Biker's Bucket List

Biker Bucket list: The Costa Blanca Loop – Pego-Guadalest

With nearly 140km of tight bends, magnificent mountain scenery and a world-class motorcycle museum, the round route between Pego and El Castell de Guadalest is one of the world’s best biking experiences. Welcome to a biking nirvana, the Costa Blanca Loop.

In the end, I lost count of the number of corners. I’ve since tried counting them on Google Maps but kept being distracted by the memory of a chicane, switchback or seemingly endless series of connected bends. At a guess, I think there are around 500, over a 137km route (plus an extra 26km of more bends if you fancy it).

They snake among the hills of the Costa Blanca’s mountain ranges, including the Serra de Aitana and their glorious valleys, the most famous of which is the truly stunning Vall de Ebo.

The bends are mostly tight, rarely the sweeping curves of the Grossglockner or the TT’s Mountain Road. They’re not hell-for-leather knee-down on a sports bike corners, but there’s nothing to say you can’t attempt a bit of that. No, these are more for an upright bike where you use the weight of the bike to tilt you round tight U’s and curvy crests. If you want to scrape the pegs a bit, this is definitely for you.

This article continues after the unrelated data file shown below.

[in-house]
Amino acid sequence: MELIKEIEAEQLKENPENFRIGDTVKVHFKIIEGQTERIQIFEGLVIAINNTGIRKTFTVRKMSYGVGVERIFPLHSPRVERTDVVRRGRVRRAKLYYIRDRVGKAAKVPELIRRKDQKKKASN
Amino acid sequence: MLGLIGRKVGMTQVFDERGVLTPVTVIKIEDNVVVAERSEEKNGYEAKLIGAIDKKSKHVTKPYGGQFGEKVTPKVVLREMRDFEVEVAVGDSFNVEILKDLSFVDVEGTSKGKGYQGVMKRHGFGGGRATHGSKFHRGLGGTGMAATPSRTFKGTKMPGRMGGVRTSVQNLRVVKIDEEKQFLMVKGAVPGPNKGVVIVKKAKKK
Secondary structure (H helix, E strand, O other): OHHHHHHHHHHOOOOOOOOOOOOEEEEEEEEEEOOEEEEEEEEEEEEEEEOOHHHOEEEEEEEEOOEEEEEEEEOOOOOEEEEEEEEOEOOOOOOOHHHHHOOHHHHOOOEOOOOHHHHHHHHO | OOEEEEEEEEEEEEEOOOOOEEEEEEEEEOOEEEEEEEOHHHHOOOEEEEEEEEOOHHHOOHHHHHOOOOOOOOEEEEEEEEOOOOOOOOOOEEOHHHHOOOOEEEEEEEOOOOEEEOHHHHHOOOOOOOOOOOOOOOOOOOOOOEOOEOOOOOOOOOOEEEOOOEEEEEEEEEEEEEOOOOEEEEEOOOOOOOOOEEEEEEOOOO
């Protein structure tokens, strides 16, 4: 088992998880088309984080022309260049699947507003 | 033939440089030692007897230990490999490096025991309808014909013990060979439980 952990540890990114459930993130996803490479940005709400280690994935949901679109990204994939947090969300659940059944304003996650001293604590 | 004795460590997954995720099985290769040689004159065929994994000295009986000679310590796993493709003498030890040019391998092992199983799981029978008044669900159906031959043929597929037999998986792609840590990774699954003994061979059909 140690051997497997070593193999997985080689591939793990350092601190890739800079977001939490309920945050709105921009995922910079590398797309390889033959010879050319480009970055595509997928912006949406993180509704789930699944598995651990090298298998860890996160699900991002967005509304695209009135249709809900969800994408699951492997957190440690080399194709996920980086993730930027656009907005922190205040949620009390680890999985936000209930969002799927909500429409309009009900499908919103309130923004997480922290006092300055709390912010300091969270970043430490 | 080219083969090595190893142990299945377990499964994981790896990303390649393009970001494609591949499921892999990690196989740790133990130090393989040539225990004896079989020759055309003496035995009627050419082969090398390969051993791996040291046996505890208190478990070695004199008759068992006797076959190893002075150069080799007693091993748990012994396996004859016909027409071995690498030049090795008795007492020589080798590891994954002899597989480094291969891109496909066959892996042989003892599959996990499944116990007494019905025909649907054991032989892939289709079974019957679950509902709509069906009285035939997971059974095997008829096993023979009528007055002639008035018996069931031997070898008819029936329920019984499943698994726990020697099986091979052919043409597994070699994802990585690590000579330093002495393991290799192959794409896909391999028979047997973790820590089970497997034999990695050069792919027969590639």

Costa Blanca loop corners
©Biker&Bike – Swoopy bits


©Biker&Bike – Very bendy bits


Costa Blanca loop corners
©Biker&Bike – Lots of bendy bits


Costa Blanca loop corners
©Biker&Bike – You get the idea…


Costa Blanca Loop corners
©Biker&Bike. Bendy bits. Lot’s of them.

A naked, a lightweight cruiser or an adventure bike is perfect here. I hired a BMW F650GS, still in great shape after 80,000kms, quite torquey, with second and third gears offering plenty enough grunt to power out of a curve before the next one comes up pretty rapidly.